A tablet computer from Apple could threaten Amazon’s Kindle eBook reader, but the Kindle, which now accounts for 70 percent of electronic reader sales, is getting more versatile, reports the New York Times. On Jan. 21, Amazon will take a page from Apple and announce that it is opening up the Kindle to outside software developers. Apple’s much-anticipated tablet computer, which is widely expected to be announced next Jan. 27 and go on sale this spring, will be a far more versatile (and expensive) device that will offer access to books, newspapers, and other reading material through Apple’s popular App Store on iTunes. In its Jan. 21 announcement, Amazon will say it’s letting programmers create what it calls active content—similar to applications—for the Kindle and keep 70 percent of the revenue from each sale after paying for wireless delivery costs. Amazon will release a set of programming guidelines that other companies can use to create and sell applications for the Kindle. Until Amazon introduces more advanced models of the Kindle, however, developers will be limited by its slow-to-refresh, black-and-white screen…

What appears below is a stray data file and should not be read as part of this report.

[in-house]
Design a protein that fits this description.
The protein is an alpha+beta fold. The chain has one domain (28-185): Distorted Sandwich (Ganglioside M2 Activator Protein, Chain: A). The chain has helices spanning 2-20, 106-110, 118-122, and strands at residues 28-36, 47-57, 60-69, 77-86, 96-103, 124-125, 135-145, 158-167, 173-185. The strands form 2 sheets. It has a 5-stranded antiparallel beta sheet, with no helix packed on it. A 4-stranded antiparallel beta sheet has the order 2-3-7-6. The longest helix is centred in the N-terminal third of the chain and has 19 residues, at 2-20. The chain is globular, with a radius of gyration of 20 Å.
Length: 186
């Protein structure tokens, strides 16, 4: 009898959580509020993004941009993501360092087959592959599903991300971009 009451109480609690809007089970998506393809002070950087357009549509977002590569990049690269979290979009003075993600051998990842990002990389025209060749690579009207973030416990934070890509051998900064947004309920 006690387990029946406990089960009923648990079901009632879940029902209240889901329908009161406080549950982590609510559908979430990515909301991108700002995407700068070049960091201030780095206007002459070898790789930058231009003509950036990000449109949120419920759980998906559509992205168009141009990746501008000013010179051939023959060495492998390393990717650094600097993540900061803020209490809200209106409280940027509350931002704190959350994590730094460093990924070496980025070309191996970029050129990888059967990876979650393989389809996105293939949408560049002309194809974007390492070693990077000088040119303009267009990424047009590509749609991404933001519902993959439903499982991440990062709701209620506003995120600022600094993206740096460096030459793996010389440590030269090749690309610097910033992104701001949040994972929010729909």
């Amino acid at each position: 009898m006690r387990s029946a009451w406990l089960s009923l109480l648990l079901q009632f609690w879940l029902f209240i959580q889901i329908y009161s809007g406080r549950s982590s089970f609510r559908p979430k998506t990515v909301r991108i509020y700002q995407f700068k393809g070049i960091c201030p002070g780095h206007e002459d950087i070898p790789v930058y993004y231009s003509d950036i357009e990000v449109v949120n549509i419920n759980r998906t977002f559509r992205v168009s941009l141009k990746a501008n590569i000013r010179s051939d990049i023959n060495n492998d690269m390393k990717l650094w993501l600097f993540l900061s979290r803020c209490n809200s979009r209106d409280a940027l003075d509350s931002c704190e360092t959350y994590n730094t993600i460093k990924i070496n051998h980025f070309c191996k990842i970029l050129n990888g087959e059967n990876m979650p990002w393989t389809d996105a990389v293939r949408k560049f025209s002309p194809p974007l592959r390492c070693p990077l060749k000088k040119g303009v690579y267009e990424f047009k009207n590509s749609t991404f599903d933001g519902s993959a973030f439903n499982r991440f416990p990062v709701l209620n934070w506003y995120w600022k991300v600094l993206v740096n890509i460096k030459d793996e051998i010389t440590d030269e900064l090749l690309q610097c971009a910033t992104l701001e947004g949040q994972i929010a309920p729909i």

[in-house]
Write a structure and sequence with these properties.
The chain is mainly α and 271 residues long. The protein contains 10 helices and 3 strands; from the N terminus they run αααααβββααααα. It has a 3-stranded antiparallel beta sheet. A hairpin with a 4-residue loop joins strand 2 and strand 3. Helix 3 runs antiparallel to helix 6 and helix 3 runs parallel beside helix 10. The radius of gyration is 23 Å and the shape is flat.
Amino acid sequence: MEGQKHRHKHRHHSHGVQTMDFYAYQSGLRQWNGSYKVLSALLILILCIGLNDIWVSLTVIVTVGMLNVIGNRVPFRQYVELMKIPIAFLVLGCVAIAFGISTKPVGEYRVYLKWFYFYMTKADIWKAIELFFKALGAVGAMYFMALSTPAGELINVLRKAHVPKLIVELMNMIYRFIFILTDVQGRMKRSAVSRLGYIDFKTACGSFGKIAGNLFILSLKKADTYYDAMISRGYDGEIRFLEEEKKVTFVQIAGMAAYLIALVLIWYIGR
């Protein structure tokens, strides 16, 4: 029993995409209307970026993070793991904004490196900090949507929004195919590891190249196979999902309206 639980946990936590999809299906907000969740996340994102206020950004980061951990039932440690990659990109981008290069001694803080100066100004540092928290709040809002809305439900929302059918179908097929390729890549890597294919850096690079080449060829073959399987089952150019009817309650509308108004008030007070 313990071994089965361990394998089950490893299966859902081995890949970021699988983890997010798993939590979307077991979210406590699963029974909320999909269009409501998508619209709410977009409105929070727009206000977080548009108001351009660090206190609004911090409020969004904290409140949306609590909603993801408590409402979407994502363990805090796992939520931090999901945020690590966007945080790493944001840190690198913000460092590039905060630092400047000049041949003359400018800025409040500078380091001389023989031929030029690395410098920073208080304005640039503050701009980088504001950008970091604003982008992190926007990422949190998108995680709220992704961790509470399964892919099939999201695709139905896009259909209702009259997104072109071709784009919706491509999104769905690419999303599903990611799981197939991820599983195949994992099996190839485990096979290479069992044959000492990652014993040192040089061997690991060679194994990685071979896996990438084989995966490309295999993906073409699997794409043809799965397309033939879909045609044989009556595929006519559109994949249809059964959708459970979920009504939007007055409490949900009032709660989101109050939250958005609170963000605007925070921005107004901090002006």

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About the Author:

Meris Stansbury

Meris Stansbury is the Editorial Director for both eSchool News and eCampus News, and was formerly the Managing Editor of eCampus News. Before working at eSchool Media, Meris worked as an assistant editor for The World and I, an online curriculum publication. She graduated from Kenyon College in 2006 with a BA in English, and enjoys spending way too much time either reading or cooking.


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